Alexey Sobolev

International Ski Federation defends slopestyle’s safety

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It’s too early to comment on the amount and seriousness of injuries sustained in slopestyle skiing and snowboarding at the Sochi Olympics, an International Ski Federation (FIS) official said in response to an IOC official saying the injury rates were too high for the sports to stay in the Olympic program.

“The protection of the athletes’ health and the safety of the environment they are competing in are top priorities for the FIS and the IOC who work actively together on these important topics on an ongoing basis,” said FIS secretary general Sarah Lewis, according to insidethegames. “In regard to the slopestyle events that took place in Sochi, it would be premature to comment on the quantity and quality of injuries that occurred as the full IOC Injury and Illness Surveillance Study conducted by the IOC Medical Commission has not yet been finalized.”

Lewis said comments from the IOC’s Lars Engebretsen questioning slopestyle events’ safety were “apparently personal comments which do not represent the position of the IOC.”

“Right now the injury rate as it was in Sochi was too high to be a sport that we have in the Olympics,” Engebretsen, head of scientific activities at the IOC’s medical and scientific department, told The Associated Press last week. “That sport should change, otherwise we shouldn’t have it.”

In Sochi, Shaun White pulled out of snowboard slopestyle one day before the competition, citing injury risk. Another medal threat, Norway’s Torstein Horgmo, broke a collarbone in a training crash and withdrew. Canadian favorite Mark McMorris suffered a broken rib at the Winter X Games on Jan. 25 and won bronze in Sochi behind American Sage Kotsenburg.

Slopestyle events made their Olympic debuts in Sochi. However, greater injuries to elite athletes leading into the Olympics were suffered in another new sport, ski halfpipe.

USOC has ‘serious concerns’ about USA Curling

Gabby Douglas ‘a very strong possibility’ for all-around, Martha Karolyi says

Gabby Douglas
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Gabby Douglas has “a very strong possibility” to get a chance to defend her Olympic all-around title in Rio, U.S. national team coordinator Martha Karolyi said Monday.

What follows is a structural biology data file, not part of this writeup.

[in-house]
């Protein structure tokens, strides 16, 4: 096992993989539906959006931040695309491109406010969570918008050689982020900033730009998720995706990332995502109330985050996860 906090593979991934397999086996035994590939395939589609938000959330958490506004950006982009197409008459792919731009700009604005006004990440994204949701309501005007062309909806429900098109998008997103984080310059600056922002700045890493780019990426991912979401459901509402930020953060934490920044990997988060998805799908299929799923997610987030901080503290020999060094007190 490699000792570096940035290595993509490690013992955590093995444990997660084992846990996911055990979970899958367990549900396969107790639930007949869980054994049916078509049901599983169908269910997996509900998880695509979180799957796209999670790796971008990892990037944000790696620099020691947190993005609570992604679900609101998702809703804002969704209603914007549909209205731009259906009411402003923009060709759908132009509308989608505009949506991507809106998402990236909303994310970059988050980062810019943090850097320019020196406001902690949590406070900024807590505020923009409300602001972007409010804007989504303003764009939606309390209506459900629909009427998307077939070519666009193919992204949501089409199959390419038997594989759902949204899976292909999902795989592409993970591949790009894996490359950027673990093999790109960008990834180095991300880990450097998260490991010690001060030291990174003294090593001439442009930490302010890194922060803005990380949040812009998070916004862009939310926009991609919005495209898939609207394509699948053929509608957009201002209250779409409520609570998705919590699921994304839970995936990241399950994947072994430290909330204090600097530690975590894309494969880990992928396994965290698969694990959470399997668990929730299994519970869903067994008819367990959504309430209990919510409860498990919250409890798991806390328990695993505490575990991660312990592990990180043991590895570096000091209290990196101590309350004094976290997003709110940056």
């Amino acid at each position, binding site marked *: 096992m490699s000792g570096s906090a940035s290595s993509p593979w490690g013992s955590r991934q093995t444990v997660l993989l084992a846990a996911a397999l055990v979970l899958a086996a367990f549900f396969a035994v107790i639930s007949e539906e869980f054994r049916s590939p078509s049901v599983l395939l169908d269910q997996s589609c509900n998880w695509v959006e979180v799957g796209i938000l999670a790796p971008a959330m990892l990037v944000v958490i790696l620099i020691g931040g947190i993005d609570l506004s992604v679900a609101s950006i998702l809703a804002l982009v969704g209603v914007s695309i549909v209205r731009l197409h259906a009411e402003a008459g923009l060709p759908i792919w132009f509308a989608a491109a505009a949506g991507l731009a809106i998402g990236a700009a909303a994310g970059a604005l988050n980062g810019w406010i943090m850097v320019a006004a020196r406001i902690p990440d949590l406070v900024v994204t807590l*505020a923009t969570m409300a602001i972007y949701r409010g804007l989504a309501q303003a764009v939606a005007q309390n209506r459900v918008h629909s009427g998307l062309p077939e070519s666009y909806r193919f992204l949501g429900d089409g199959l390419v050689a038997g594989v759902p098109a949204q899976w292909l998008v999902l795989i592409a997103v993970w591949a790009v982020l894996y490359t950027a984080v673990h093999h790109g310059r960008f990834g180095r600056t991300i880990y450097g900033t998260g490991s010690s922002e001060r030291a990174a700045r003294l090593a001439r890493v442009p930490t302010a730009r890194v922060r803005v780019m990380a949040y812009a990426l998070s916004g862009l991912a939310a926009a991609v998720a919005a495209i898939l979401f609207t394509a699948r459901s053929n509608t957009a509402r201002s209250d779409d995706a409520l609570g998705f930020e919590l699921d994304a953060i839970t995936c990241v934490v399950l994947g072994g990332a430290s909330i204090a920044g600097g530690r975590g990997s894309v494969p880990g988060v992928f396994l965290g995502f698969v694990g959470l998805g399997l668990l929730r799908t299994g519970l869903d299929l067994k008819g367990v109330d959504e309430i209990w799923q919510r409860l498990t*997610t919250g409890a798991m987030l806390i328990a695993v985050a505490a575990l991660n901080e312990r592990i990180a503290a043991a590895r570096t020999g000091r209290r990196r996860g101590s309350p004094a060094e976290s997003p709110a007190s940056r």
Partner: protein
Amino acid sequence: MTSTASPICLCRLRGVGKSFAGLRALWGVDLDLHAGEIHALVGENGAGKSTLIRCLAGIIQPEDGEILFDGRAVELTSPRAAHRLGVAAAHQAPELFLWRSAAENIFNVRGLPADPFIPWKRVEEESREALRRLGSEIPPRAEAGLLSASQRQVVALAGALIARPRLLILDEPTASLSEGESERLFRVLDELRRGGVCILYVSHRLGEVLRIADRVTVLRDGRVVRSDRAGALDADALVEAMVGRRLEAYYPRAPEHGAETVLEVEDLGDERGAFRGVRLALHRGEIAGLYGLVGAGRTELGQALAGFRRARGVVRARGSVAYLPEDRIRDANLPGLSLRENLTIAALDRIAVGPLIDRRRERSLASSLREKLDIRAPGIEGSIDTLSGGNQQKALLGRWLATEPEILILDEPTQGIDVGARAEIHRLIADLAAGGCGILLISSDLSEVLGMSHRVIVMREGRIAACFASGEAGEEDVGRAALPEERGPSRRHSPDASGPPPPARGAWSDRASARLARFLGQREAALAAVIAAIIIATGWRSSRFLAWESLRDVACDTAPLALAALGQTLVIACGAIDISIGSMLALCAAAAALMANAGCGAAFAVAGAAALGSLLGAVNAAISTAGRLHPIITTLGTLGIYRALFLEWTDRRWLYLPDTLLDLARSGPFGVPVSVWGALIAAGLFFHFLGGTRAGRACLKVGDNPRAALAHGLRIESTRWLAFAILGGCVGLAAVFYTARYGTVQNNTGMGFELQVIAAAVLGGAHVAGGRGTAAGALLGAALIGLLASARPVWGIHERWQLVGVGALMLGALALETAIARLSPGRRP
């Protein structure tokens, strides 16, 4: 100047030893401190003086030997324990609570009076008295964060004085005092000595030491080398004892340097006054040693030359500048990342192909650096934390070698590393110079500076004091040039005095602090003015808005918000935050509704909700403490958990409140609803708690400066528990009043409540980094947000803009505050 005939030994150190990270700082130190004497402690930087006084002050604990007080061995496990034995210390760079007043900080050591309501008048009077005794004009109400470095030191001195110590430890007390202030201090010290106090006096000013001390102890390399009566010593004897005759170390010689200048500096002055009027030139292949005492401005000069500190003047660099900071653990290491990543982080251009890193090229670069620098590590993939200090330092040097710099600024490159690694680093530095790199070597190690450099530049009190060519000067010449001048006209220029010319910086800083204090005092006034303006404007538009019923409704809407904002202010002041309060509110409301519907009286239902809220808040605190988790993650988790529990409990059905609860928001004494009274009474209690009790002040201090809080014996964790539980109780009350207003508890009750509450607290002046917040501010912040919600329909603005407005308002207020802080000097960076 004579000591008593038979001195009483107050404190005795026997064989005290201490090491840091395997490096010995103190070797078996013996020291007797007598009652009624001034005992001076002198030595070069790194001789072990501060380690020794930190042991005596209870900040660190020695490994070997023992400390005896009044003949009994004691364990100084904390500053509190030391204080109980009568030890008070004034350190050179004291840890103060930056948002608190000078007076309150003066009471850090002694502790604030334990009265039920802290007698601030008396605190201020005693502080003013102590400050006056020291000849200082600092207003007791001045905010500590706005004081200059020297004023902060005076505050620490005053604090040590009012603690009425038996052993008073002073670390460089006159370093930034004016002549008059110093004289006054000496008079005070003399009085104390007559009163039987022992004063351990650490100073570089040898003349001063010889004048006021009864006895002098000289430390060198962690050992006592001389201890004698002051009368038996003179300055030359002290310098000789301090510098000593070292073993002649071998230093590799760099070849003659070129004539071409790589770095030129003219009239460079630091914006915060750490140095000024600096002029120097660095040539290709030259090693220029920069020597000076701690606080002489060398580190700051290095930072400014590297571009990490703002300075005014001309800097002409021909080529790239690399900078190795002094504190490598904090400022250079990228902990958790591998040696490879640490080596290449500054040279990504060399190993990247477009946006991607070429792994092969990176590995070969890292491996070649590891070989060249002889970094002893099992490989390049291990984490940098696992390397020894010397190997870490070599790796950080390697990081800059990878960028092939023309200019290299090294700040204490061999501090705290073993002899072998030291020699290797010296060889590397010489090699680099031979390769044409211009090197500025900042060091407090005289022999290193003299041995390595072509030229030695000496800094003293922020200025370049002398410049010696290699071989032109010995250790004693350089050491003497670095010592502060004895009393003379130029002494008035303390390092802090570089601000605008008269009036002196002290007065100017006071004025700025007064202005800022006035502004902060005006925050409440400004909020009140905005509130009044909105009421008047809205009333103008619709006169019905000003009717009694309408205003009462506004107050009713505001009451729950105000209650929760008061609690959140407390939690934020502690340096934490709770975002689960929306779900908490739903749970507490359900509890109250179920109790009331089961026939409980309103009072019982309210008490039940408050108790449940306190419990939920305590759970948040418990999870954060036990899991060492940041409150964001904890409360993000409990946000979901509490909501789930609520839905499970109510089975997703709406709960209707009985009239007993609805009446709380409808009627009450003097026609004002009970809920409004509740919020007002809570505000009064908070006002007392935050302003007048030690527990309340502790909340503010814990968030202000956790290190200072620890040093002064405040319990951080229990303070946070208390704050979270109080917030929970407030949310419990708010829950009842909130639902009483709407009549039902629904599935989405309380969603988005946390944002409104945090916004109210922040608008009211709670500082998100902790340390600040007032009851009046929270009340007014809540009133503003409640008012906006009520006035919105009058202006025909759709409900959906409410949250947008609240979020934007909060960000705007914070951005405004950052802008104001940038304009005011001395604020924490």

“Gabby’s preparation is in a very, very good direction, and I foresee that she can be in the all-around, but we’re not taking this decision as of now yet,” Karolyi said.

The U.S. will put no more than three women from its five-woman team in the all-around in qualifying. The top two Americans in qualifying will advance to the all-around final, the most prestigious individual competition in the sport.

“We have a tentative lineup, but that’s absolutely tentative and we would not reveal that lineup at the moment yet, because most likely there will be changes as time goes,” said Karolyi, adding that the lineup won’t be finalized until next week.

Simone Biles is considered a lock to be one of the all-arounders in qualifying. Who joins her is unclear.

Douglas and Aly Raisman were tapped at the 2015 World Championships, with Biles and Douglas topping Raisman in qualifying and then going one-two in the all-around final.

However, both Raisman and first-year senior Laurie Hernandez finished higher than Douglas in the all-around at the P&G Championships and the Olympic Trials in the last month.

Karolyi said that Douglas, who fell off the balance beam on both nights at the Olympic Trials, has improved at a pre-Olympic training camp. Karolyi also said that Douglas would not perform the difficult Amanar vault in Rio, which carries five tenths more in start value than the vault Douglas used at the Olympic Trials.

Biles and Raisman both perform the Amanar. If Biles, Douglas and Raisman do the all-around in qualifying, Douglas will go in with a start-value disadvantage in the chase to grab two available final spots.

In 2012, Douglas, Raisman and Jordyn Wieber all did the all-around in qualifying, with the 2011 World all-around champion Wieber finishing third out of the Americans (and fourth overall), missing the all-around final.

MORE: USA Gymnastics agrees to buy Karolyi Ranch

Not everyone unhappy with housing in Rio Olympic village

RIO DE JANEIRO, BRAZIL - JULY 21:  Construction progress takes place during a tour of the Ilha Pura housing complex, the future site of the Athletes' Village for the Rio 2016 Olympic Games, on July 21, 2015 in Rio de Janeiro, Brazil.  (Photo by Matthew Stockman/Getty Images)
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RIO DE JANEIRO (AP) — Not everyone is upset with Olympic housing. The South African Olympic team said Monday it is happy with its accommodations in Rio de Janeiro, calling the apartments “excellent.”

The South African Olympic committee says its athletes have everything they need and “have been lucky.”

The comments come a day after Australia’s Olympic team leader opted to keep the delegation’s 700 athletes or staff out of the Athletes Village for at least two days, citing electrical and plumbing problems in the sprawling complex less than two weeks before the start of the games.

A news conference is expected later Monday.

The 31-building village is expected to house 18,000 athletes and officials at the height of the games. Six Australian athletes due to arrive Monday and 50 on Tuesday will temporarily stay in hotels or other accommodations.

The South Africans said air conditioning, Wi-Fi and plumbing were all working well, and they also had a swimming pool.

The South African committee says facilities “look like being on a par with most Olympic athletes’ villages,” but noted the village wasn’t complete.

U.S. boxer Claressa Shields wrote on Facebook that USA boxing has been in Rio for five days with zero problems, and that Rio “is a beautiful place.”

MORE: Leaks, electrical outages found in Rio Olympic athletes village